Sabo v. Com., Record No. 0538-00-4.

Docket NºRecord No. 0538-00-4.
Citation38 Va. App. 63, 561 S.E.2d 761
Case DateApril 09, 2002
CourtCourt of Appeals of Virginia

561 S.E.2d 761
38 Va.
App. 63

Kevin Mark SABO
v.
COMMONWEALTH of Virginia

Record No. 0538-00-4.

Court of Appeals of Virginia, Alexandria.

April 9, 2002.


561 S.E.2d 763
William R. Martin, Patrick O, Cavanaugh (Christopher B. Stone; Shawn M. Wright; Dyer Ellis & Joseph, on brief), Washington, DC, for appellant

Eugene Murphy, Assistant Attorney General (Mark L. Earley, Attorney General, on brief), for appellee.

Present Judges BENTON, ANNUNZIATA and Senior Judge HODGES.

HODGES, Senior Judge.

The appellant, Kevin Sabo, appeals his conviction for attempted malicious wounding, in violation of Code §§ 18.2-26 and 18.2-51. Sabo contends the trial court erred in: (1) refusing to suppress tape-recorded statements he made to Heather Lawrence; (2) admitting those audiotaped statements at trial; and (3) refusing to allow Dr. Julian Brantley to testify. For the following reasons, we affirm.

BACKGROUND

Appellant and Heather Lawrence began a romantic relationship in the summer of 1998. The relationship became increasingly strained and in early March 1999, Lawrence ended it. Following the break-up, Lawrence began receiving anonymous phone calls. On March 16, 1999, Lawrence agreed to have lunch with appellant at a local restaurant. The two had earlier discussed the "strange phone calls," and appellant showed concern, making Lawrence receptive toward maintaining a friendship with appellant. After lunch, Lawrence and appellant parted and returned to their respective offices. They did not see each other the remainder of that day or night.

Lawrence went out after work on March 16 unaccompanied by appellant and returned home during the early morning hours of March 17. She parked on a side lot near her townhouse. Around 9:00 a.m. on March 17, 1999, Lawrence left her townhouse, entered her car and proceeded to drive to work. She approached a stop sign at an intersection and tried to stop her car; however, her brakes did not work. Lawrence "turned the car hard left, . hit a fence, a low brick wall and a tree." Lawrence recalled seeing fluid on the ground just before she entered her car.

Prior to trial, appellant moved to suppress the introduction of incriminating statements

561 S.E.2d 764
he made to Lawrence in a telephone conversation that Lawrence recorded and provided to police

1. MOTION TO SUPPRESS STATEMENTS

Facts

On appeal from a trial court's denial of a motion to suppress, we must review the evidence in the light most favorable to the Commonwealth, granting to the Commonwealth all reasonable inferences fairly deducible from it. Commonwealth v. Grimstead, 12 Va.App. 1066, 1067, 407 S.E.2d 47, 48 (1991). The findings of the trial court will not be disturbed unless plainly wrong or without evidence to support them. See Mier v. Commonwealth, 12 Va.App. 827, 828, 407 S.E.2d 342, 343 (1991).

When reviewing the trial court's denial of a defendant's motion to suppress evidence, "the burden is upon [the defendant] to show that the ruling, when the evidence is considered most favorably to the Commonwealth, constituted reversible error." McGee v. Commonwealth, 25 Va.App. 193, 197, 487 S.E.2d 259, 261 (1997) (en banc) (citations omitted).

Detective Coale investigated the March 17 incident involving Lawrence's car. He first met with Lawrence on March 19, 1999. In addition to her brake lines being cut, Lawrence advised him she had received "a number of [anonymous] phone calls to her residence in the middle of the night and at different times where people hung up and had not left a message." Coale learned from Lawrence that her relationship with appellant "had gone sour over the last several months" and that "[t]here had been an incident involving a slashing of one of her tires that coincided with a spat that her [sic] and Mr. Sabo had had." As a result, Coale "provided her with a tape recorder to tape anything that might — any phone calls that she might receive." He gave Lawrence the recording device about a week after first meeting with her, Coale testified that he "told [Lawrence] not to contact the defendant. That if he called and she wanted to make the tapes, that would be useful to our investigation."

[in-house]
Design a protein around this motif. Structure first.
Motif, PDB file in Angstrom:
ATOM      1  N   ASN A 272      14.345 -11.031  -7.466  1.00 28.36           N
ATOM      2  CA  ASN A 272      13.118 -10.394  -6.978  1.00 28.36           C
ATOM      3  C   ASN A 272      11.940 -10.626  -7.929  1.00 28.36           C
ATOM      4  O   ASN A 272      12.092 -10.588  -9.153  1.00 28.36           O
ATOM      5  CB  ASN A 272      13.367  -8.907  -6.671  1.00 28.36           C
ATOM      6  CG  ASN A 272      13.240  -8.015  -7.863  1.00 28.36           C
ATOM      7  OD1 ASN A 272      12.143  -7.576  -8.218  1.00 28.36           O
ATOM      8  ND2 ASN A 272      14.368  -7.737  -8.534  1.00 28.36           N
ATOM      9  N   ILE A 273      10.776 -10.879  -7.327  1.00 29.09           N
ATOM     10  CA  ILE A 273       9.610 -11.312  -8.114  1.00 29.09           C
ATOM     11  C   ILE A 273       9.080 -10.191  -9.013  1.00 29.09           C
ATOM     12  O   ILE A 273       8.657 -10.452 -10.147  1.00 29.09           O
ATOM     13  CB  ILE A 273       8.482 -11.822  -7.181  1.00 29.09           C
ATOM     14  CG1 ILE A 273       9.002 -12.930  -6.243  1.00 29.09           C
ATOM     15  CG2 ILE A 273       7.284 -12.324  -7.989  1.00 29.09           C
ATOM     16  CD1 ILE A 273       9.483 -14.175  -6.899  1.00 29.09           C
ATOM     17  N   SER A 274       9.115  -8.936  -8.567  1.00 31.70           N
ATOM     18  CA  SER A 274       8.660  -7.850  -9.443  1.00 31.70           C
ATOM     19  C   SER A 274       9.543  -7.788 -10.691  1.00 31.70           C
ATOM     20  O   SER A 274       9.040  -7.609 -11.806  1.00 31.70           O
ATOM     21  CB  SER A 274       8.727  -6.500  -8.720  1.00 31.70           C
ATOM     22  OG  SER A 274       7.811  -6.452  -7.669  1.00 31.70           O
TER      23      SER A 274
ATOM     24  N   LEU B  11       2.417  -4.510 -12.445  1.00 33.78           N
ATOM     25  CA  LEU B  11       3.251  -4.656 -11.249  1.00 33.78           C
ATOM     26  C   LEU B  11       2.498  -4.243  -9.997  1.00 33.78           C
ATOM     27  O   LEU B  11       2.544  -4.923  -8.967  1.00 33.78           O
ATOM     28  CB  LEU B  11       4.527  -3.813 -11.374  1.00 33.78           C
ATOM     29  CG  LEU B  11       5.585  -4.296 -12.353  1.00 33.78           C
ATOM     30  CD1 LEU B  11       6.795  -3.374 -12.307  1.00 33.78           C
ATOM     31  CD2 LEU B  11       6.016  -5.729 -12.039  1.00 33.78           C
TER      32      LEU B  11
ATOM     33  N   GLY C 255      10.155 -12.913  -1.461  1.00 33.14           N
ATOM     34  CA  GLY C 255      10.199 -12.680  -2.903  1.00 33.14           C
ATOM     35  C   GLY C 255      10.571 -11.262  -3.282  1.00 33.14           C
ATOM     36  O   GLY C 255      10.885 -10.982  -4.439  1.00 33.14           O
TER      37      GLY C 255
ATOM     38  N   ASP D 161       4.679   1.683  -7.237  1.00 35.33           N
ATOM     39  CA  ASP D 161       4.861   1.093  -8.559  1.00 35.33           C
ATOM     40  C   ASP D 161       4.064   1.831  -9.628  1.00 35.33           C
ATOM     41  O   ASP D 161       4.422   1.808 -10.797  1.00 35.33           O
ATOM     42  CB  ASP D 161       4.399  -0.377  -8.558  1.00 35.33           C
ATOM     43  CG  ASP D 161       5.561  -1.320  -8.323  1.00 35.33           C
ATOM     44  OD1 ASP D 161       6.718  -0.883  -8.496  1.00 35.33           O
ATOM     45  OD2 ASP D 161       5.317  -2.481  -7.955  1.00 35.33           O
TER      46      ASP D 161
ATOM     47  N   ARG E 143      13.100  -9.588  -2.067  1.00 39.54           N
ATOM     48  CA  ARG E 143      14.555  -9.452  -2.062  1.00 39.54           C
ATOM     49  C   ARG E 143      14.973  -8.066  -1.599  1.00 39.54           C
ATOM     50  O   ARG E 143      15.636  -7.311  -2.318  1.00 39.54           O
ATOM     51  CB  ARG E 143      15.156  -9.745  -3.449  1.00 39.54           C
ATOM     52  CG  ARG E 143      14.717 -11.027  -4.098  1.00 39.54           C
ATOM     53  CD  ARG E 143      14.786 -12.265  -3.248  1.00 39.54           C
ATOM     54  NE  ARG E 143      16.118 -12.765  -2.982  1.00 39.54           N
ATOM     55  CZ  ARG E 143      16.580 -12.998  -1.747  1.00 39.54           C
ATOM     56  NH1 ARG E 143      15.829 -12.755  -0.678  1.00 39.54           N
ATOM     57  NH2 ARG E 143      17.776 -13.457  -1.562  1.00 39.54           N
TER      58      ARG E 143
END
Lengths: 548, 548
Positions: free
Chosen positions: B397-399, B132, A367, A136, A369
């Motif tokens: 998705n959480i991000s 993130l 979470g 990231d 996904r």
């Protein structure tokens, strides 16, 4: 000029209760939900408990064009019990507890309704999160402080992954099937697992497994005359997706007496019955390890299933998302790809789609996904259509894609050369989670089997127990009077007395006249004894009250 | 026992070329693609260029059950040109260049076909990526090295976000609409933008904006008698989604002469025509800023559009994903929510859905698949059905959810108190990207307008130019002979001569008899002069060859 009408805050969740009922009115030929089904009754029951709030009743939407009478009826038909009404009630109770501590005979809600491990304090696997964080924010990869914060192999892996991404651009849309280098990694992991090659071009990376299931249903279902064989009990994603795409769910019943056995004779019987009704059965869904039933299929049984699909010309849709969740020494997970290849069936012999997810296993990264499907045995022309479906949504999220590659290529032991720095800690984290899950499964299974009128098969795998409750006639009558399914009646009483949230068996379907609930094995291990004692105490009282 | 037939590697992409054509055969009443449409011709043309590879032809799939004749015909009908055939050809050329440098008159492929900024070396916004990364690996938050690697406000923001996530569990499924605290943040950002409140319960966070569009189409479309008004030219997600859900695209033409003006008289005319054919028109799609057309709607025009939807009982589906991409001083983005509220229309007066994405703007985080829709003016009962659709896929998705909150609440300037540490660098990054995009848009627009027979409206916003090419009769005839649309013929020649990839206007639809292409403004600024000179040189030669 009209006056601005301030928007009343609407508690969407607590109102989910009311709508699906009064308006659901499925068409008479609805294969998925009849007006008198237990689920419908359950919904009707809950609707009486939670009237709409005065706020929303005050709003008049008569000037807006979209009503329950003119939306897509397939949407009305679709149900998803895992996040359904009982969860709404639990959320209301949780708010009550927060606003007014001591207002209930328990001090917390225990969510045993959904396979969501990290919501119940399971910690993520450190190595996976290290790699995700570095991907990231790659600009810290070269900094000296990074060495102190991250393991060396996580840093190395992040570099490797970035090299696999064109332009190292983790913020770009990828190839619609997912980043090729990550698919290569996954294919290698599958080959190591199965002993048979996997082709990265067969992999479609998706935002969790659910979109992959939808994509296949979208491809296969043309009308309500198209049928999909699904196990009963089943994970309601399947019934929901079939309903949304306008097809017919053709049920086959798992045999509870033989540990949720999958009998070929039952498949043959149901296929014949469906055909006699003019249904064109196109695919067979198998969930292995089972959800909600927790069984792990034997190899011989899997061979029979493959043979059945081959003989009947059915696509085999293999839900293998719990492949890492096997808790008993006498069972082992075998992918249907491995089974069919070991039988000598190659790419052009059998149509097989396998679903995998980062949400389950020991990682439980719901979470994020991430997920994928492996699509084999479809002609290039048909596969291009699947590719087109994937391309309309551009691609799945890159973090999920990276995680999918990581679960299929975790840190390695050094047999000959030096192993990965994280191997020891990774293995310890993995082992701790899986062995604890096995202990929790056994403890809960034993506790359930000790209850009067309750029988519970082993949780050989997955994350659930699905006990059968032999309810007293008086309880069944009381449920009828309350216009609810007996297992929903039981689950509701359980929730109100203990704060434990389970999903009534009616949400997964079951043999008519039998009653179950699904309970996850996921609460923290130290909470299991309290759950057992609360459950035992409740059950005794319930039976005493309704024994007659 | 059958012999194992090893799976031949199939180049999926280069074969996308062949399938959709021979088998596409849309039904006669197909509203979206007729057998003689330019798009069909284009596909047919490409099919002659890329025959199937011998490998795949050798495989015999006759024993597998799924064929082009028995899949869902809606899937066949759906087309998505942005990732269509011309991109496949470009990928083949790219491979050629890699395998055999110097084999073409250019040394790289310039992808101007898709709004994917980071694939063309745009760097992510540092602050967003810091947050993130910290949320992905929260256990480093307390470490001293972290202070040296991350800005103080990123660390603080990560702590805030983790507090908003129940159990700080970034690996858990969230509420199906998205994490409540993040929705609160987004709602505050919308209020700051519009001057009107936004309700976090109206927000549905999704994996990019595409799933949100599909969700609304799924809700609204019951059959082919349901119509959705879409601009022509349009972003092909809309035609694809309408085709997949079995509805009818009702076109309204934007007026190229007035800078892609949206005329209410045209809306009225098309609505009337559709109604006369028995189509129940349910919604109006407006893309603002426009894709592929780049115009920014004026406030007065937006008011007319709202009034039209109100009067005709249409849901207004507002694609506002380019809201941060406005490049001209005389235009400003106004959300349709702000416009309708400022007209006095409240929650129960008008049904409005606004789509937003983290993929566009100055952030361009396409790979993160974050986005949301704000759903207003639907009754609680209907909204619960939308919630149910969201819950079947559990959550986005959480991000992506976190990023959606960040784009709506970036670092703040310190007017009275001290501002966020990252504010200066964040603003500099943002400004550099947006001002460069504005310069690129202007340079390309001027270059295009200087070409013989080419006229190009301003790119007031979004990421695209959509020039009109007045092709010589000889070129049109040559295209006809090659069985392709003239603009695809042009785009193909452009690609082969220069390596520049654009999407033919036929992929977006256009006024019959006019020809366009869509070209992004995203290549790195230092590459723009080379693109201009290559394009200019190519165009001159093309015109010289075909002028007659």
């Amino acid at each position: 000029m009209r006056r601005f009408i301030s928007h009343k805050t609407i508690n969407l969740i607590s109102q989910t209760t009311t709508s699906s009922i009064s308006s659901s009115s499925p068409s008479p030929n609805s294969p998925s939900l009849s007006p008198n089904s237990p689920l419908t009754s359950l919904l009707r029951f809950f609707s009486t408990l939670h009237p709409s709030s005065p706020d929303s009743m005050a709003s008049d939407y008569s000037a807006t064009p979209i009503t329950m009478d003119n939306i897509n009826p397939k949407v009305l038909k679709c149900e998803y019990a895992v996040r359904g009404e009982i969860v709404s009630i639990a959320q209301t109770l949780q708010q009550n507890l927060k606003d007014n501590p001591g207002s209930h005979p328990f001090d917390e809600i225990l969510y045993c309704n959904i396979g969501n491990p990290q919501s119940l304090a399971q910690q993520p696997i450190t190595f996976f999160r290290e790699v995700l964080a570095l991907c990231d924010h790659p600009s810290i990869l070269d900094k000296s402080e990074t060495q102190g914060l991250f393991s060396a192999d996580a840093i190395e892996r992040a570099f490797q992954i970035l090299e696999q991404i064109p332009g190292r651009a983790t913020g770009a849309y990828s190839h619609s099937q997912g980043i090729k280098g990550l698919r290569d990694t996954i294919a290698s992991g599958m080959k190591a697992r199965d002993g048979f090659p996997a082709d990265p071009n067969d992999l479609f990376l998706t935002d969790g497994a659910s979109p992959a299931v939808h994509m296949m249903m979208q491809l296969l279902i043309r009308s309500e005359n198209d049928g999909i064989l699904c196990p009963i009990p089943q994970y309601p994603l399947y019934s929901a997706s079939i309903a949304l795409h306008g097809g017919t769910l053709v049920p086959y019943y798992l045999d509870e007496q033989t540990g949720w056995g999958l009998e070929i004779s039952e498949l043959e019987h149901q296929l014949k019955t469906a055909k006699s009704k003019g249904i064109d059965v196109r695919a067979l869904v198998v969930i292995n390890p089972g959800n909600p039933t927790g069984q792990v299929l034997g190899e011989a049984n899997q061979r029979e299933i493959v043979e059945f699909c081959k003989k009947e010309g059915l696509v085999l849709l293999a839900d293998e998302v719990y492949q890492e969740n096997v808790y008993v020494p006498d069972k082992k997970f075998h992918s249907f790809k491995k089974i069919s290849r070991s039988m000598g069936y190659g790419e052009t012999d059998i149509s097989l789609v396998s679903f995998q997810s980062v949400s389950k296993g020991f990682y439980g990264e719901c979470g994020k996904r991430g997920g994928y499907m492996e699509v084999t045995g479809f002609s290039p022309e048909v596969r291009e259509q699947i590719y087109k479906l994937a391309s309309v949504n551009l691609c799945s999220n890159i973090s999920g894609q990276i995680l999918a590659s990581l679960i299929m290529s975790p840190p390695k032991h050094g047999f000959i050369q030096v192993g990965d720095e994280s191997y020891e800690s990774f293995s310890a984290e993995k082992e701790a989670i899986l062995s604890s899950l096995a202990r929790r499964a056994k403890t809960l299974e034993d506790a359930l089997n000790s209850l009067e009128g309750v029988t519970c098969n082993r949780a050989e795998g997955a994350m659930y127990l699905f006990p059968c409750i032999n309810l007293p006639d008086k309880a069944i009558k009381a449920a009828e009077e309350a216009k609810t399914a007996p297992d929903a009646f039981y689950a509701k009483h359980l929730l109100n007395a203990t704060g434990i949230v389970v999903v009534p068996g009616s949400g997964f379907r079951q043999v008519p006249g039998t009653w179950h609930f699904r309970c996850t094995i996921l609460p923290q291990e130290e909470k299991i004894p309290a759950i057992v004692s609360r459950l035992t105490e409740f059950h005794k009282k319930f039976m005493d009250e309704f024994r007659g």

Lawrence testified she was extremely fearful after the March 17 car accident. She had no idea who placed the anonymous calls and sabotaged her brakes. She worried constantly about future acts against her, and she was afraid of being alone in her residence. As a result, she installed a security system, kept mace and a whistle on her person at all times, kept a baseball bat in her house and avoided being alone. Coale installed the tape recorder around March 24, 1999, and provided her with approximately six blank audiotapes, which she used to record several conversations with appellant. Lawrence testified that after Coale installed the recorder, he suggested that Lawrence call appellant to tape his reaction to her accident because Lawrence had not spoken with appellant after the accident.1 Lawrence shared the earliest recorded conversations with Coale, but he advised her not to contact appellant anymore because "[t]he conversations weren't really going anywhere." Despite that admonition, Lawrence contacted appellant periodically and taped more conversations. The evidence further showed that appellant continued to telephone Lawrence and speak with her, and Lawrence also taped portions of those conversations.

Appellant telephoned Lawrence around 9:00 p.m. on April 20, 1999. That conversation ended around 1:00 a.m. on April 21, 1999, and was the conversation in which appellant first made incriminating statements, the substance of which he sought to suppress. Lawrence taped excerpts of that lengthy conversation. Lawrence explained that she only had two audiotapes left to use, so she paused the machine and did not record portions dealing with innocent or personal information unrelated to Lawrence's fears for her safety. Lawrence also admitted recording over previously recorded portions

561 S.E.2d 765
when she needed additional tape. During the April 20-21 conversation, appellant admitted making anonymous phone calls to Lawrence and doing something to her car

On the morning of April 21, 1999, Lawrence telephoned appellant at his office, hoping he would elaborate on his earlier admissions. Lawrence also taped that conversation. Appellant provided details about the incident involving her car. He explained that he went to a bar, became intoxicated, grabbed tools from his house, drove to her residence and did something to her car. Lawrence delivered the incriminating tapes to Coale at police headquarters on two successive days. Coale listened to one tape on April 21 and the other tape on April 22, 1999. He testified that "[a]fter she made this first tape, we told her just to leave it alone and go back home, and we will see how the case develops." He also told her "that she didn't have to make any more tapes unless [appellant] called her . . . [yet] she went ahead and apparently made [the second tape] anyway, and she brought it in" on April 22, 1999. After hearing appellant's audiotaped admissions that he did something to her car, Coale obtained a search warrant.